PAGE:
Language

People have attempted to define language in a number of ways. Example definitions include the following:

  1. a system for representing things, actions, ideas and states
  2. a tool people use to communicate their concepts of reality into the minds of others
  3. a system of meanings shared among people
  4. a code that members of a linguistic community use to mediate between form and meaning
  5. a set of grammatically correct utterances (i.e. words, sentences, etc.)
  6. a set of utterances that could be understood by a linguistic community
  7. thought

Ferdinand de Saussure, the founder of modern linguistics, made a distinction between langue and parole.

In any case, human language is the most central meaning of language. The study of language is called linguistics.

Making a principled distinction between one human language and another is often not possible. One major issue is the dialect continuum phenomena, where the boundaries between named language groups are necessarily arbitrary. For instance, there are dialects of German very similar to Dutch which are not mutually intelligible with other dialects of (what we call) German.

Note that there are parallels to biology, where it is not always possible to make a principled distinction between one species and the next. In either case (at least given the standard view on the evolution of the species), the ultimate difficulty stems from both languages and species descending from one another, with modification. (See dialect or August Schleicher for a longer discussion.)

The concepts of Ausbausprache, Abstandsprache, and Dachsprache are used to make finer distinctions about the degree of difference between languages or dialects.

One of the most prominent artificial languages called Esperanto was created by L. L. Zamenhof. It is a compilation of various elements of different languages with the goal of being an easy to learn language.

Some linguists, such as J.R.R. Tolkien, have created fantasy languages, often for literary purposes. One of his languages is called Quenya, which is a form of Elvish. It includes its own alphabet and pronunciations in addition to being able to be spoken by humans.

Animal Language

While the term "animal languages" is widely used, most researchers agree that they are not as complex or expressive as the human language. They argue that there are significant differences separating human language from animal communication even at its most complex, and that the underlying principles are not related.

Other researchers argue that an evolutionary continuum exists between the communication methods these animals use and human language. Everybody agrees that human language is more complex than communication between animals. For more on communication among non-human animals, see The Animal Communication Project.

These are the properties of human language that are argued to separate it from animal communication:

  • 'Arbitrariness:' There is no relationship between a sound or sign and its meaning.
  • 'Cultural transmission:' Language is passed from one language user to the next, consciously or unconsciously.
  • 'Discreteness:' Language is composed of discrete units that are used in combination to create meaning.
  • 'Displacement:' Languages can be used to communicate ideas about things that are not in the immediate vicinity either spatially or temporally.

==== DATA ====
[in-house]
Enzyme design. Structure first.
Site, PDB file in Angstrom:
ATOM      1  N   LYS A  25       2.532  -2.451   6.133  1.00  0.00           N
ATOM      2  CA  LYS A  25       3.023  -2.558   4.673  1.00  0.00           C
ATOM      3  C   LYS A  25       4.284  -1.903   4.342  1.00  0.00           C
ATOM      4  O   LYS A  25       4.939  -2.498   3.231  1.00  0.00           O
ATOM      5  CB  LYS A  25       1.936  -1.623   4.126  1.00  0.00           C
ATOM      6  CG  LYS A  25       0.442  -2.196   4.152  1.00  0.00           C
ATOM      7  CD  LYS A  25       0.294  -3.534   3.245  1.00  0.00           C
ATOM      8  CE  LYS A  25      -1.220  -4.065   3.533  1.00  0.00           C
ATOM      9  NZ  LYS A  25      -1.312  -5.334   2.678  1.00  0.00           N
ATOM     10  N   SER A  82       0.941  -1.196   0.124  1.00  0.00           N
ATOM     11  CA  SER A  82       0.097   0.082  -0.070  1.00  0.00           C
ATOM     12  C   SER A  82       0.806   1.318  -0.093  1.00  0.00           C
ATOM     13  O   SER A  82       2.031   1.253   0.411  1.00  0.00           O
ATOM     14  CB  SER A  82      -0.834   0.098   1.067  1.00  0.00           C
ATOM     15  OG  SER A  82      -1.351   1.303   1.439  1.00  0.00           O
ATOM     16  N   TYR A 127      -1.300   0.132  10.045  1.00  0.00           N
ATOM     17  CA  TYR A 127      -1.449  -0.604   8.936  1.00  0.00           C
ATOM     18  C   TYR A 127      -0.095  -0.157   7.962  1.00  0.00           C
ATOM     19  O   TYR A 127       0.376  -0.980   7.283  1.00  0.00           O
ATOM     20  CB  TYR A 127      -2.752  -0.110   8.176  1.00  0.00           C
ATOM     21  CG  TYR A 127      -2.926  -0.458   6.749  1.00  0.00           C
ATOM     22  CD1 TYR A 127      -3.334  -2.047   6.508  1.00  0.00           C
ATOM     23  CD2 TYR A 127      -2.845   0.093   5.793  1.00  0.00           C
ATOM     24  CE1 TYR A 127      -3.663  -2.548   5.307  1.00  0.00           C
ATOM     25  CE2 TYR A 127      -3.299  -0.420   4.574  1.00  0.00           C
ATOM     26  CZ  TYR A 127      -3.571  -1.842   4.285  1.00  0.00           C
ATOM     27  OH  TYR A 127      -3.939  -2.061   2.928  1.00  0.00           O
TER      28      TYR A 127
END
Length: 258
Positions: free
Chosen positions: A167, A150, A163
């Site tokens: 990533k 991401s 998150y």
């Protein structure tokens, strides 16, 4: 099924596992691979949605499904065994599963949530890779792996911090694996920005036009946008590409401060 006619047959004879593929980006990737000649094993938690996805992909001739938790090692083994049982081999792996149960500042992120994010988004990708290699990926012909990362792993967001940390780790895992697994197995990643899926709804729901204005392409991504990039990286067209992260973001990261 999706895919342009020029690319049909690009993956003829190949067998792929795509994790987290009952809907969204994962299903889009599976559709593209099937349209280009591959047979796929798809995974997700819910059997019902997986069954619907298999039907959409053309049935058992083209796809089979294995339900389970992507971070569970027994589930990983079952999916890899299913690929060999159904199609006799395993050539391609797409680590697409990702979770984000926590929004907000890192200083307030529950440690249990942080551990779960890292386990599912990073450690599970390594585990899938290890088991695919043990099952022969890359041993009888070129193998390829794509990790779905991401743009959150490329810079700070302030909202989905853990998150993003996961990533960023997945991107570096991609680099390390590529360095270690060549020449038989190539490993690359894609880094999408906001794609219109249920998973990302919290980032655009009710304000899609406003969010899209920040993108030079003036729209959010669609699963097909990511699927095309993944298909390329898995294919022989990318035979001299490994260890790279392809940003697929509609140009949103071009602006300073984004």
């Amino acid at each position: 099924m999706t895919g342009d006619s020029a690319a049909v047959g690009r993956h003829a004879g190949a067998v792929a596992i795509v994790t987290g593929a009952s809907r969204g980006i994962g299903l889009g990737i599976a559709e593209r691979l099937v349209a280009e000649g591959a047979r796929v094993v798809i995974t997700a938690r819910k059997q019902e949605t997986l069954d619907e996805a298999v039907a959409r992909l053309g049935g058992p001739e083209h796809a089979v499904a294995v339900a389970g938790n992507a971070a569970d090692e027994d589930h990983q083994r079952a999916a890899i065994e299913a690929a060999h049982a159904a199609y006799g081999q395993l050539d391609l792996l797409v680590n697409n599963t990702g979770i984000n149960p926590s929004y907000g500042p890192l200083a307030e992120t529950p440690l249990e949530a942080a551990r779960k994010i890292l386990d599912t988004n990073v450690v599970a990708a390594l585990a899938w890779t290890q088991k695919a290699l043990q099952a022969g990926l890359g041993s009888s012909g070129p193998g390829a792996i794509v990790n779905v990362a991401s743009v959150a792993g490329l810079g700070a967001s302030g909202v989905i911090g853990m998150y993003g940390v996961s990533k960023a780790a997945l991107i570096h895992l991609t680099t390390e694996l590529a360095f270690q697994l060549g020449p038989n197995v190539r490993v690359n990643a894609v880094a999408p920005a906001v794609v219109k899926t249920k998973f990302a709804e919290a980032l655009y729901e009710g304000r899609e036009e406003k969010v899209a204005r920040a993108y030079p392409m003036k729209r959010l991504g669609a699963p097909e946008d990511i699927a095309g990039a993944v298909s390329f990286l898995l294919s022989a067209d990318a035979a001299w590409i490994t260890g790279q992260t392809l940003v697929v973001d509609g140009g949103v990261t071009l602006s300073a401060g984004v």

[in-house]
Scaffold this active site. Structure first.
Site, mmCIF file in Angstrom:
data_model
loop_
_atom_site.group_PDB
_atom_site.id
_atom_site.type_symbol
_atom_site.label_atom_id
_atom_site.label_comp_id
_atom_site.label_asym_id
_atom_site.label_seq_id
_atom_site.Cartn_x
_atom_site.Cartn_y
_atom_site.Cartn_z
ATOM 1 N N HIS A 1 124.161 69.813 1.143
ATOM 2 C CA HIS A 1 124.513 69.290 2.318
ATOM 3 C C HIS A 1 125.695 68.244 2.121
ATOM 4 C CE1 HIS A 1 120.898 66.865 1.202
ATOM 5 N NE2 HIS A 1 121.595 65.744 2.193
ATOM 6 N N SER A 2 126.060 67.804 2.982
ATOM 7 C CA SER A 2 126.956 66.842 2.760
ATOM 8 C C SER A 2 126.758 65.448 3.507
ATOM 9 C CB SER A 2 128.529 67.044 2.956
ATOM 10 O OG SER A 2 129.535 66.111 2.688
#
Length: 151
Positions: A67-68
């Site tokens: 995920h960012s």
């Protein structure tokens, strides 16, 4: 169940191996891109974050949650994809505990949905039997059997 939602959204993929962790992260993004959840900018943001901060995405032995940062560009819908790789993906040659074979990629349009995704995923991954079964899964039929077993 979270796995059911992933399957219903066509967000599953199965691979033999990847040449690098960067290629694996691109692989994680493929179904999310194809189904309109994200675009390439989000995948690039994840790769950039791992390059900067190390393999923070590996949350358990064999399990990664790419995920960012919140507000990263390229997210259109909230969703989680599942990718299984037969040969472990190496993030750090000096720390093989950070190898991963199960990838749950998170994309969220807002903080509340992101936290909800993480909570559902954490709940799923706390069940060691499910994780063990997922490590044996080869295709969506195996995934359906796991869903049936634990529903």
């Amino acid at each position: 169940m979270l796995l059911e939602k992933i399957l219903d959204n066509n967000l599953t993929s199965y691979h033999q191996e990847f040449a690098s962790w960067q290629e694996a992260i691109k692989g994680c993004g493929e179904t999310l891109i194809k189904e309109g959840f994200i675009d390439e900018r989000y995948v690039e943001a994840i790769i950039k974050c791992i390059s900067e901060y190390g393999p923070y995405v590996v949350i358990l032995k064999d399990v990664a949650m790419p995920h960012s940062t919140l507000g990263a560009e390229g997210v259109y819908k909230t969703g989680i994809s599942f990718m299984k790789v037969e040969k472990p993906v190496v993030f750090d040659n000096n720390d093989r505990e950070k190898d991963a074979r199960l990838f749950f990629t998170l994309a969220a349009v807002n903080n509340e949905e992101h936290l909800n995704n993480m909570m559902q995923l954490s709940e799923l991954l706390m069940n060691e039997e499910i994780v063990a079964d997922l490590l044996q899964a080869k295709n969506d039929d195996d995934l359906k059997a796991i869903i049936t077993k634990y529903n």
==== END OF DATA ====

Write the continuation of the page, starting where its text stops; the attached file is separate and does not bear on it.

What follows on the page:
• 'Duality:' Language works on two levels at once, a surface level and a semantic (meaningful) level.
  • 'Metalinguistics:' Ability to discuss language itself.
  • 'Productivity:' A finite number of units can be used to create an infinite number of ideas.

Research with apes, such as the research Francine Patterson has done with Koko, suggests the animals may be capable of using language that meets some of these requirements. Koko's achievements were with a human language that she was taught, so her example only shows that animals are capable of using language, but not that they are necessarily capable of inventing one on their own.

Arbitrariness has been noted in meerkat calls; bee dancess show some elements of spatial displacement; and cultural transmission has occurred with the offspring of many of the great apes who have been taught sign languages, the celebrated bonobos Kanzi and Panbanisha being examples. However, these single features alone do not qualify such instances of communication as being true language.

The most studied examples of animal languages are:

  • Bee dance - used to comunicate direction of food source in many species of bees
  • Bird songs - songbirds can be very articulate. African Grey Parrots are famous for their ability to repeat human language, and seem to show signs of understanding it.
  • Whale songs - it is still a mystery what these very social and intelligent animals really communicate - although very different from the human language, whale songs can not be easily dismissed as not being complex or expressive enough.

Mathematical languages

Mathematics and computer science use artificial entities called formal languages (including programming languages), which may or may not count as "true" languages.

Information about language on wikipedia

The Linguistics article examines different theoretical perspectives on human language in detail. This is perhaps becoming Wikipedia's most useful introductory article about language.

The Language families and languages article provides more information on particular languages and their interconnections.

The Common phrases in different languages article may be of interest to travelers.

List of languages, ISO 639

See also

External links

See also: simple:Language



copyright 2004 FactsAbout.com